Be the first to review this item and earn 25 Rakuten Super Points™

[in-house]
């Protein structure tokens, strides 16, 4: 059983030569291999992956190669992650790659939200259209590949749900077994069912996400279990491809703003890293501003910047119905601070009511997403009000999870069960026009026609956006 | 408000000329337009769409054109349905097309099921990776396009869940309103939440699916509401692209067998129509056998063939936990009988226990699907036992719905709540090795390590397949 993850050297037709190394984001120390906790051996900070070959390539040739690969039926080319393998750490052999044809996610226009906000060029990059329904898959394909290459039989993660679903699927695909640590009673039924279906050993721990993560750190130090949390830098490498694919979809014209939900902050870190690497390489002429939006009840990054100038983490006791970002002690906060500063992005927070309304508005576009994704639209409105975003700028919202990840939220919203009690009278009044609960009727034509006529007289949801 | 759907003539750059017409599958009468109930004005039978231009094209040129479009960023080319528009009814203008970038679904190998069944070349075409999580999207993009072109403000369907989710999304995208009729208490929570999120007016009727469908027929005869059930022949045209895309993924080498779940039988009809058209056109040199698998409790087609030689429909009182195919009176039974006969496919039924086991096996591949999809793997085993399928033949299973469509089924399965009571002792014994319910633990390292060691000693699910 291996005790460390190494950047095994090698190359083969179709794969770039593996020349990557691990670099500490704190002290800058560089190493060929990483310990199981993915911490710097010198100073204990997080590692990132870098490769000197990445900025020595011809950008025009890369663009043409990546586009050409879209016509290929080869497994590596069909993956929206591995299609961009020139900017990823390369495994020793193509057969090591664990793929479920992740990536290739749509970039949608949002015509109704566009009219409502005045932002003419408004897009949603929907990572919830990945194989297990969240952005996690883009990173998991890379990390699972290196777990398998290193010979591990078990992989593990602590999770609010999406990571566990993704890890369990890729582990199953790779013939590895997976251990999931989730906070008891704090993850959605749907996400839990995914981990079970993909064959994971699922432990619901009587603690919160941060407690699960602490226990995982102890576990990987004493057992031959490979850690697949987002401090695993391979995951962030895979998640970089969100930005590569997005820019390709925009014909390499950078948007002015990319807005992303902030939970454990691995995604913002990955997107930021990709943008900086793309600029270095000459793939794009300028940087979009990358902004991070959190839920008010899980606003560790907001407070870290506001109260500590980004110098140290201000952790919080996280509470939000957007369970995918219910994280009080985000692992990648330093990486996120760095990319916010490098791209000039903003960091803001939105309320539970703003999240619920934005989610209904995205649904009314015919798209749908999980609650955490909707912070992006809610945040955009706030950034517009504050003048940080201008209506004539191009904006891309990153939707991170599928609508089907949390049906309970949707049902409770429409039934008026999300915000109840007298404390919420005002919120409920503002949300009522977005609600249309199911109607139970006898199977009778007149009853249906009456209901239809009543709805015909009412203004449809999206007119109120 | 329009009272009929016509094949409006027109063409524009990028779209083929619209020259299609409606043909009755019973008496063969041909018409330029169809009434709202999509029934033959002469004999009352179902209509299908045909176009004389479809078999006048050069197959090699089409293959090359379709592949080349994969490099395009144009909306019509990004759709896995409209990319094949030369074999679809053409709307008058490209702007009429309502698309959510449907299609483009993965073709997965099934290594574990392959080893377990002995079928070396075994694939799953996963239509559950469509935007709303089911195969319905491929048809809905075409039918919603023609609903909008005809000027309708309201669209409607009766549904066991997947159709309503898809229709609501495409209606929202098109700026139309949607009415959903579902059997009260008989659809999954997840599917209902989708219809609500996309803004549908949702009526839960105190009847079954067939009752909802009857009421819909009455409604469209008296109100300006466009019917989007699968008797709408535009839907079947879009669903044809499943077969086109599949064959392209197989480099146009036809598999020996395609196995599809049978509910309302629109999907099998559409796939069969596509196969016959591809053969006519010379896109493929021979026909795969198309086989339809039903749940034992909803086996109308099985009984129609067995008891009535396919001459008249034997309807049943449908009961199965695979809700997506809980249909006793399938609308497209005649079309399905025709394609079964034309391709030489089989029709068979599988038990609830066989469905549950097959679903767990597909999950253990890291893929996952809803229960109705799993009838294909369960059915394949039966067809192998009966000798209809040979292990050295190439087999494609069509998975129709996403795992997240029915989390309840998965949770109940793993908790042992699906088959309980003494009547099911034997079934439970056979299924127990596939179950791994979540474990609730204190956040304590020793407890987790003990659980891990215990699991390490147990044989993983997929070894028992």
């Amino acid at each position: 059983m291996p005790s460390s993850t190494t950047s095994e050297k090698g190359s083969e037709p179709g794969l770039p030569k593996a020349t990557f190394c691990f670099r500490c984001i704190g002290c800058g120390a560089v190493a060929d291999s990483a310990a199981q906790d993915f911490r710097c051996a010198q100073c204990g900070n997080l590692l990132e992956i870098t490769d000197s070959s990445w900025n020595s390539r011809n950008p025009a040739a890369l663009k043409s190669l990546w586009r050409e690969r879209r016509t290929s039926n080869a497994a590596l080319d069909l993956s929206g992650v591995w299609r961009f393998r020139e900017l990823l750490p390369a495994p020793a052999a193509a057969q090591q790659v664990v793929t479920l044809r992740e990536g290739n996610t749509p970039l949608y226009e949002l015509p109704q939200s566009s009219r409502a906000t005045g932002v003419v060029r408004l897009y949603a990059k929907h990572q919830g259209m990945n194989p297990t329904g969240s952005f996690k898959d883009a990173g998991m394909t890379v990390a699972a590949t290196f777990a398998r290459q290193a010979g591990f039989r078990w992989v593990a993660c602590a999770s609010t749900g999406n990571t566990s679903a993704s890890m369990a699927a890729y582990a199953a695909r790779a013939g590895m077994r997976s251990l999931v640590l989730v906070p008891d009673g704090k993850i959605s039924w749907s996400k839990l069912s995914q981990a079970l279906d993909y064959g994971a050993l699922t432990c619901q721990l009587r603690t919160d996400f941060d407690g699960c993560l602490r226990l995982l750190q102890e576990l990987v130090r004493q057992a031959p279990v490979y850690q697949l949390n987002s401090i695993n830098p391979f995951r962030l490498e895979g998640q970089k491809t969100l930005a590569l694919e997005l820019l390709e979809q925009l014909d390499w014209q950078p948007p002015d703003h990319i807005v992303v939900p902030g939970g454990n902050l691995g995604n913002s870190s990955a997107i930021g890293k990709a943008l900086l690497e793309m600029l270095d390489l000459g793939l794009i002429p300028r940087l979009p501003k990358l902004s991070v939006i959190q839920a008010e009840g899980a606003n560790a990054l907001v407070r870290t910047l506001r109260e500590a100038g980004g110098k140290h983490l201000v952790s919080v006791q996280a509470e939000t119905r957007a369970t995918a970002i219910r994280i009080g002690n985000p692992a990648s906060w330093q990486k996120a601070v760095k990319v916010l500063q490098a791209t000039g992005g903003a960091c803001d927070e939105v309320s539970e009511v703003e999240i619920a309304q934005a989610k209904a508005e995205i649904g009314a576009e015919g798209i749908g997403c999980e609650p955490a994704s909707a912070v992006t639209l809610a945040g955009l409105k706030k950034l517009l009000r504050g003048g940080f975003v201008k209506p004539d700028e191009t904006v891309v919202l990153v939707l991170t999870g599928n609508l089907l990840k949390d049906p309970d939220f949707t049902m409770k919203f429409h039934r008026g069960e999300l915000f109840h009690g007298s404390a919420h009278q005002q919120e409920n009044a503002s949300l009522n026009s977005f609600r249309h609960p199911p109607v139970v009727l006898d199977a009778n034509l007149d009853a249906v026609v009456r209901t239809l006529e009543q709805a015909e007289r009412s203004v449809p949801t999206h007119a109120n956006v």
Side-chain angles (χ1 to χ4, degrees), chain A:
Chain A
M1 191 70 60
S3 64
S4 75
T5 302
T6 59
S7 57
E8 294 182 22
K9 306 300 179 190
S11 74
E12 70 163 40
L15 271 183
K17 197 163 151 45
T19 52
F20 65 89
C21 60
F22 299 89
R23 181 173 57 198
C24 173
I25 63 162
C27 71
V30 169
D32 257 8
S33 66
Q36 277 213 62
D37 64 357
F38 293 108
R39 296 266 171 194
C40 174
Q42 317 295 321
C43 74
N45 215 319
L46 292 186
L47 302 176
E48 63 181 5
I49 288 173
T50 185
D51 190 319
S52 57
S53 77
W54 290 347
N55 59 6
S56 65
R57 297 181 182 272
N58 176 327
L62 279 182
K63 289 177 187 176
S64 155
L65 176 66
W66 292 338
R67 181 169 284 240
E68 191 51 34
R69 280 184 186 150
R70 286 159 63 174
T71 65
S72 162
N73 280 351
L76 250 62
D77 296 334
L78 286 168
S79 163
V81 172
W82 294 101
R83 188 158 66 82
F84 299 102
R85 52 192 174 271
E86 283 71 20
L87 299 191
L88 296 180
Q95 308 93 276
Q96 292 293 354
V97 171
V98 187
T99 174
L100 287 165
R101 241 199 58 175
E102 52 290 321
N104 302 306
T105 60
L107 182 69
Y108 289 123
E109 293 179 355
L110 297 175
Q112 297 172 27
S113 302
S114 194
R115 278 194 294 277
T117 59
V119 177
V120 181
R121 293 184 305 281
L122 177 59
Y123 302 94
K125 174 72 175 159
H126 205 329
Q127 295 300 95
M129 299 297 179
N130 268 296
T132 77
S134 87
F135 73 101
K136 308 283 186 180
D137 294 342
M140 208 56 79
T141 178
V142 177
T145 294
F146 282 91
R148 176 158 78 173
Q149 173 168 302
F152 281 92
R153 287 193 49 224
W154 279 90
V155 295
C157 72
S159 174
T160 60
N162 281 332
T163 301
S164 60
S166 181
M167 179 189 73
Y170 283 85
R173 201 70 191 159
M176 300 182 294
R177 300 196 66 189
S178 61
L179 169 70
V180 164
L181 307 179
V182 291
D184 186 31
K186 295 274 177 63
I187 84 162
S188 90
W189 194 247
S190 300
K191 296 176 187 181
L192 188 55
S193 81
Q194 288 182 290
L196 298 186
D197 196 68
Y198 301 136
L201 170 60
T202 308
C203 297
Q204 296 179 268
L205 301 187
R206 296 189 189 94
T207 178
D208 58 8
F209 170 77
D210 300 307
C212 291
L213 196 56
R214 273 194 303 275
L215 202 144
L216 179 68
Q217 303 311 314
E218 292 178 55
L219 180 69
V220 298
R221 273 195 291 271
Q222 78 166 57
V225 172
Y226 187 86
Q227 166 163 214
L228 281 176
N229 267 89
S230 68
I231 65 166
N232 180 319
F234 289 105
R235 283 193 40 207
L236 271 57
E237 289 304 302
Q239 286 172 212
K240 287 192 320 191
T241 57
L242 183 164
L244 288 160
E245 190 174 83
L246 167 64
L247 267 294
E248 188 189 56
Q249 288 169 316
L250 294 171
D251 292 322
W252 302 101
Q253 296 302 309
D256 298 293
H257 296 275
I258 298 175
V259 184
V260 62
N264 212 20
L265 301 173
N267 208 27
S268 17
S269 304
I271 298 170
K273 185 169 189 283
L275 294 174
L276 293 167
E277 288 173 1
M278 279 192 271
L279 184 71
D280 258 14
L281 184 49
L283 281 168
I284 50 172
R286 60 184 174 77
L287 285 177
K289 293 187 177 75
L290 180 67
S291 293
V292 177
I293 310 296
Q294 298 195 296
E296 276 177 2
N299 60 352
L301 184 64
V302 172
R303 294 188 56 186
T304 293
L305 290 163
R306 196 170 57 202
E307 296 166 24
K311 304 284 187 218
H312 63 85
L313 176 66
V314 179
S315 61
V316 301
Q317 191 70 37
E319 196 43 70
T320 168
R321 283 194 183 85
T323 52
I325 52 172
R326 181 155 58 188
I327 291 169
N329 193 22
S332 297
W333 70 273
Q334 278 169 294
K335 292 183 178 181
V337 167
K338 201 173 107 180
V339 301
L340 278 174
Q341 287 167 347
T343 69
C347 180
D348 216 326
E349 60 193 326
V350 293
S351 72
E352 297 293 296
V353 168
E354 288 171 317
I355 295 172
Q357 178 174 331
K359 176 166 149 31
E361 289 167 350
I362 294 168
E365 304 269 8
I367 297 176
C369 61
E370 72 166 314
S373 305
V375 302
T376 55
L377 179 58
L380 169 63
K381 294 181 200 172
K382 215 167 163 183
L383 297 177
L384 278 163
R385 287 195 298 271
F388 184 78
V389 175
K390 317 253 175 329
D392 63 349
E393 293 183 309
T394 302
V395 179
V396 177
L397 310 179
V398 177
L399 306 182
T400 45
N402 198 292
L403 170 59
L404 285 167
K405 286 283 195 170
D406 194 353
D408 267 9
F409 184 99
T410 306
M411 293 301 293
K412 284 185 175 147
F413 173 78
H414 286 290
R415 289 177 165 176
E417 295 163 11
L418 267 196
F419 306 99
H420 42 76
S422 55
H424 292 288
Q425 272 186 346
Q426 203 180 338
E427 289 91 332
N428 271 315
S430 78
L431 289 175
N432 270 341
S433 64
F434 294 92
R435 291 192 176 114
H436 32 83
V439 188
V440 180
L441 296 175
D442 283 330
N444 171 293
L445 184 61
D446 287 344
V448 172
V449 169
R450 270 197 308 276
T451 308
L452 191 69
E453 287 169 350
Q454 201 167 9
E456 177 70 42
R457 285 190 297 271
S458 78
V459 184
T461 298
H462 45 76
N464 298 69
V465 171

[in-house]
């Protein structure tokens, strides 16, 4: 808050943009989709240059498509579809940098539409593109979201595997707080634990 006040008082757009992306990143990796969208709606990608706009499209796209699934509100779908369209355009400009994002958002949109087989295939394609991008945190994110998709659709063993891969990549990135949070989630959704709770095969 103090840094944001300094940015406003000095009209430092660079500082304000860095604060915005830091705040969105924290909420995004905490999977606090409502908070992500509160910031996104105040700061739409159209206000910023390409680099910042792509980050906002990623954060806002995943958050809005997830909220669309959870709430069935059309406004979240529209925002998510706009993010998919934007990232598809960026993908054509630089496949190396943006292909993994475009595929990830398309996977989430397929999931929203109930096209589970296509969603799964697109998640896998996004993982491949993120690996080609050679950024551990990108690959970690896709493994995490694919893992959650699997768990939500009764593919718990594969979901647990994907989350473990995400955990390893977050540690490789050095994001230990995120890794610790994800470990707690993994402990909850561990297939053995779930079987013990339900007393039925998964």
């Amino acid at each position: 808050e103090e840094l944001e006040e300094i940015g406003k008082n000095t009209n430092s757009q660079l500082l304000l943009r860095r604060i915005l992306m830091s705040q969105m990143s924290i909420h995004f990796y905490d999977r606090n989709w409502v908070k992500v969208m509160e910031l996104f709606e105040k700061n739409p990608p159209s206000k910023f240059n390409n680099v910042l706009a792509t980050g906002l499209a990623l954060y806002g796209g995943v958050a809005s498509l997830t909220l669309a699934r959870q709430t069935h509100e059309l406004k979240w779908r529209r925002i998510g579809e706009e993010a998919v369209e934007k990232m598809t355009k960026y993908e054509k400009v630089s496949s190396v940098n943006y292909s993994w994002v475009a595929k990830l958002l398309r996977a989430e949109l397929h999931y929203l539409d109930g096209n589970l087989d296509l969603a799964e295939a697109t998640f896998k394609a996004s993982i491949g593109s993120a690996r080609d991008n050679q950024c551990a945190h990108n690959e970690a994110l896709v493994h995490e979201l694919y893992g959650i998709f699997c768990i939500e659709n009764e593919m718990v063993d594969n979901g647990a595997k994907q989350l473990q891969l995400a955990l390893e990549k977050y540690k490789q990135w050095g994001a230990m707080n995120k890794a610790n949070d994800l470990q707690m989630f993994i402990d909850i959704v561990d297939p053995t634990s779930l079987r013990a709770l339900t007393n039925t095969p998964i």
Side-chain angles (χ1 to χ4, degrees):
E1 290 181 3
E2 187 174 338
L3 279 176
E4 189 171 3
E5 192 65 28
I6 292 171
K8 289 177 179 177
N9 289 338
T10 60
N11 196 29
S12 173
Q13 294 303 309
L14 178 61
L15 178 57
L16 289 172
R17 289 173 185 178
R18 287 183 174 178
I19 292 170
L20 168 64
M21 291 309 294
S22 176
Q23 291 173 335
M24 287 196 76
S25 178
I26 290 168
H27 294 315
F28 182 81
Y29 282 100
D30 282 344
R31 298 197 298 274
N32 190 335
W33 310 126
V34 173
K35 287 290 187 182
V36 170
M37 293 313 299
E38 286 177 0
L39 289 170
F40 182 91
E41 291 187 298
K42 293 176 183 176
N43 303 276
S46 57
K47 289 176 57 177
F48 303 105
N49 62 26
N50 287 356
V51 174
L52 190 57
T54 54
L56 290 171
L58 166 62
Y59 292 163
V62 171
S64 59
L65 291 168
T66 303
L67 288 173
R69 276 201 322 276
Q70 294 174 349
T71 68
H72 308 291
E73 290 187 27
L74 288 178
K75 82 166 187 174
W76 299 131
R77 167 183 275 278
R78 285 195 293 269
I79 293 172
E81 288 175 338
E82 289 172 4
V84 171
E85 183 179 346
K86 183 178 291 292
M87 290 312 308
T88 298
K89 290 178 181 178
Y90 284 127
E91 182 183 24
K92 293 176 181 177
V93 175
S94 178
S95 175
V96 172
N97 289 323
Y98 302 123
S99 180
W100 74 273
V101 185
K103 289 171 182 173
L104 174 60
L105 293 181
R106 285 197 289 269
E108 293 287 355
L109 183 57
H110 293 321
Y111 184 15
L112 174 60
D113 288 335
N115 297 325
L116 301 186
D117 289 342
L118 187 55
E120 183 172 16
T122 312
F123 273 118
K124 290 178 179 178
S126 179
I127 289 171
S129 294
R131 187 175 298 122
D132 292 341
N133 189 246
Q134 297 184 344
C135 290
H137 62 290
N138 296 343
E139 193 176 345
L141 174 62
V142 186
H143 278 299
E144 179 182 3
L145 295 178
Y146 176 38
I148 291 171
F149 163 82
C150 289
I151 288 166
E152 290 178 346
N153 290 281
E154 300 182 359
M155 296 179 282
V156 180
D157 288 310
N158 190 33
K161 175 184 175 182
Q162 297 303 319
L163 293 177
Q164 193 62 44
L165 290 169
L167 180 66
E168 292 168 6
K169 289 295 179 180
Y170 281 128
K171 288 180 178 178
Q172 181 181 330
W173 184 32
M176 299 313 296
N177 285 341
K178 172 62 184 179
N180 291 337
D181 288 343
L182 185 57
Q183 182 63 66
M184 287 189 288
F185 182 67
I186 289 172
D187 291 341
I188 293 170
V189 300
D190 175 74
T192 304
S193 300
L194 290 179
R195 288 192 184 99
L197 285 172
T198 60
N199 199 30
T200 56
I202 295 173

Traditional microeconomic theory is concerned with the allocation of scarce resources through the mechanism of prices and markets. The efficient allocation of resources by prices and markets is called allocative efficiency. In emphasizing the allocative function of prices and markets, microeconomic theory has ignored the allocation of resources within firms, and instead assumes that firms are always internally (X) efficient, cost minimizers. X-efficiency theory shows that protection from competitive pressures produces not only allocated market-inefficiency, but inefficiency within the firm. This book is the most current, in-depth, and comprehensive review of X-efficiency theory, especially as it relates to regulatory economics and policy. It provides an understanding of X-efficiency by developing the theory, exhibiting empirical evidence, and, finally, reviewing applications of the theory.